IBM ServeRAID M1015 Part 2: Performance of the LSI 9220-8i


One of the most popular SAS 6.0gbps/ SATA III controllers for enthusiasts is the IBM M1015. In its native form, it is a very capable host bus adapter (HBA) based on the LSI SAS2008 chip. With the low price on places such as ebay (see here for an ebay search for the M1015) and an enthusiastic community that has learned to unlock many features, it has quickly become a go-to choice for low-cost SATA III connectivity. This series of articles was written by Pieter Schaar perhaps best known as the one behind He has been a regular contributor in the STH forums and has been detailing his learning in threads such as these. I do want to note that these modifications are not endorsed by this site, LSI, IBM or others and the information herein is purely for educational purposes. If you do encounter problems, you are solely responsible for those consequences.

There are now a few parts to this piece including:


The below performance results were made with the following setup:

  • ASROCK P55 Deluxe 3 Motherboard
  • Xeon X3470 ES CPU @ 2.93Ghz
  • 16GB 1333Mhz DDRIII RAM
  • nVidia Geforce GTX465 (modded to GTX470)
  • IBM M1015 SAS/SATA controller
  • Windows 7 x64 Ultimate
  • LSI9211 Firmware package P11 (v7.21.00.00)
  • LSI9211 Driver v2.00.49.00
  • LSI9240 Firmware Package v20.10.1.0061
  • LSI9240 driver v5.1.112.64
  • MegaRAID Storage Manager Software v11.
  • 4x OCZ Solid3 60GB SSD (Firmware v2.15) SATA3 (6Gbps)
  • HD Tach v3.0.4.0
  • ATTO v2.46
  • AS SSD v1.6.4237.30508
  • Anvil v1.0.31 beta9

To test the throughput of the M1015 I attached 4x 60GB OCZ Solid3 SSD’s (SATA3, 6Gbps), these are rated at 450MB/s write and 500MB/s read. I used them in either 4 drive RAID0 for maximum speed or 4 drive RAID5 for redundancy and check the parity generating speed of the LSI SAS2008 ROC.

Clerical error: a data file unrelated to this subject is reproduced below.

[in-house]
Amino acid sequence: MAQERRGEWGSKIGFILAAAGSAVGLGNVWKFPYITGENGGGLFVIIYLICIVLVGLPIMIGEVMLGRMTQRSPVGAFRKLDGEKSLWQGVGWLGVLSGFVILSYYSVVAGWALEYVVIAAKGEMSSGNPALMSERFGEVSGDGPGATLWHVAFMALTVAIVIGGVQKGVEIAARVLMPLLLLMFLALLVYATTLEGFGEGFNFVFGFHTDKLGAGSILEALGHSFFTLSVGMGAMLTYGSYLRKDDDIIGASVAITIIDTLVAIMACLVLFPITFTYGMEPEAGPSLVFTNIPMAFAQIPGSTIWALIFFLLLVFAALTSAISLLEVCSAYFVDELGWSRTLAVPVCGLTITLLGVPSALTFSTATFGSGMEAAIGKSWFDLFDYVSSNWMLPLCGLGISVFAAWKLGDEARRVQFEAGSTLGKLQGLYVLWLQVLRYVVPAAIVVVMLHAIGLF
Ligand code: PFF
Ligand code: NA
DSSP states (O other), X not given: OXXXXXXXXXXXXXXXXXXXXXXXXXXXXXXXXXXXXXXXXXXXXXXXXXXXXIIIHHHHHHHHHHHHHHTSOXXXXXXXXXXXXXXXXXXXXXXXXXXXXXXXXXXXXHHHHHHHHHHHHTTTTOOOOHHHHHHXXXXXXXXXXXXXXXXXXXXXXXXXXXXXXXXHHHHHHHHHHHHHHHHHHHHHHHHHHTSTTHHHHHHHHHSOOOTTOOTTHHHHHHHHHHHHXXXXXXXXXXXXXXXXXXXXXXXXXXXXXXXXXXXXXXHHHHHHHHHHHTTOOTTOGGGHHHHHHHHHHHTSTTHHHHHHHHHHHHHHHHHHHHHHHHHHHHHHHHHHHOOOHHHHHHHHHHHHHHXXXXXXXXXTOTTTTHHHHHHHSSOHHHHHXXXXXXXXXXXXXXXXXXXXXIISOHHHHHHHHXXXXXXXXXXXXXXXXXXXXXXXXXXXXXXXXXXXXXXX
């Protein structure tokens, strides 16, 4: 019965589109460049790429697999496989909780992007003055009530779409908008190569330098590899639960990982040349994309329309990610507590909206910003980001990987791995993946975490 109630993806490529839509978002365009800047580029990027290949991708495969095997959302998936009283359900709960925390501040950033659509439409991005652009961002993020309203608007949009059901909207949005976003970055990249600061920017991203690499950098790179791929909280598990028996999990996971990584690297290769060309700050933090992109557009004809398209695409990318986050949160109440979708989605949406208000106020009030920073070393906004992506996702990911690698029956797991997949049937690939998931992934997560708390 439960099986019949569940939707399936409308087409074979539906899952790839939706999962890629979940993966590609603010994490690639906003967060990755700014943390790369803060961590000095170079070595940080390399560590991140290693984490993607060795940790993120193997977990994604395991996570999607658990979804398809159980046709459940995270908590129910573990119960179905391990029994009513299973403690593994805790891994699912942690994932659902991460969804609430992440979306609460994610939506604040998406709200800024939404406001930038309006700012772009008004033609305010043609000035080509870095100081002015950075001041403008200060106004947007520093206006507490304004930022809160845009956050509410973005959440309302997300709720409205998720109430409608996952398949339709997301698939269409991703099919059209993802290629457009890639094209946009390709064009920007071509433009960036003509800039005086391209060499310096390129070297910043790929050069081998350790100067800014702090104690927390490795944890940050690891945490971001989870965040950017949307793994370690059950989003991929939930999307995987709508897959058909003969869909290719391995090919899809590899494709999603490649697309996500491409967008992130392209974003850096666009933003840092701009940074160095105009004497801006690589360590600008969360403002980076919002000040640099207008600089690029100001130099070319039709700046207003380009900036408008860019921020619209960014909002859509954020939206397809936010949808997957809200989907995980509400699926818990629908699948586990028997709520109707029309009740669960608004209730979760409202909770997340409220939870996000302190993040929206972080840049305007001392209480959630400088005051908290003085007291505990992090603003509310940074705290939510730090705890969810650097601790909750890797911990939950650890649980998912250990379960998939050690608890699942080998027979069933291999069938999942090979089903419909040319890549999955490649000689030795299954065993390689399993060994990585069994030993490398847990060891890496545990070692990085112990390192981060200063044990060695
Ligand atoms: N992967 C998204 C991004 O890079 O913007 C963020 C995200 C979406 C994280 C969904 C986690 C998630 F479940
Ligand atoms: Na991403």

I tested with 4 of the better known benchmarks to give an overall view of how they perform: HDTach, Atto, AS SSD, and Anvil, each does a particular thing well, so with 4 of them I hoped I covererd all bases. I also tested the Intel ICH10R controller on the ASROCK Motherboard, as this can take 6x SATA drives, I did not test the Marvell 9128 also included on the Motherboard as this can only take 2 drives.

Looking at the above the RAID 0 performance is very respectable, the bottom charts are of the OCZ Solid 3 by itself on the controllers, from the LSI9240, Intel ICH and Marvell 9128 Adding more drives to the array scaled the performance very nicely, as four SSD’s nearly achieve 4x single drive performance in RAID 0. The Intel P55’s ICH10R was very good at the higher queue depths, but the IBM M1015 in LSI 9240 mode was king of overall speed. Intel will be able to overtake these figures once their chipsets support more than 2 devices at 6Gbps. As currently the P55 Chipset can only run at SATA2 speeds at 3Gbps max throughput. Also the LSI9240 ofcourse needs no CPU help to do it’s RAID functions as can be seen the HDTach charts, where Intel relies solely on the CPU to do calculations.

Another revelation is the very lackluster performance of the Marvell 9128, really a joke calling it self a SATA3 controller, the SATA 2 Intel controller ran circles round it. LSI9240 Raid 5 on the other hand did very well in the read tests, obviously the LSISAS2008 ROC can suck the data of the disks all 4 at once. BUT when it comes to writing data to the disks, the performance is terrible to say the least. Looking at the LSI spec sheet for both the LSI2008 and LSI2108, the controller is Hardware assisted software RAID, I would have though better performance from it. I can only say AVOID these cards for RAID5, unless you have a say a video server where only reads are done. Any writing will just frustrate the user no end in its subpar performance. If someone knows why this is, please let me know, I’ve tried all the tricks that I know of.

E.d. The reason for this slow write performance is due to the fact that the card does not have battery or capacitor backed write cache. You can learn more about this in the Differences between Hardware RAID, HBAs, and Software RAID for a quick primer of why this happens with certain solutions. The short answer is that without the write cache, the controller gets bogged down by trying to write less sequential bits across the drives. This is prevalant in RAID 5 and RAID 6 writes.

Speaking of which Diskcache was turned off for all tests on the M1015 as this affects Write speeds in RAID0 drastically.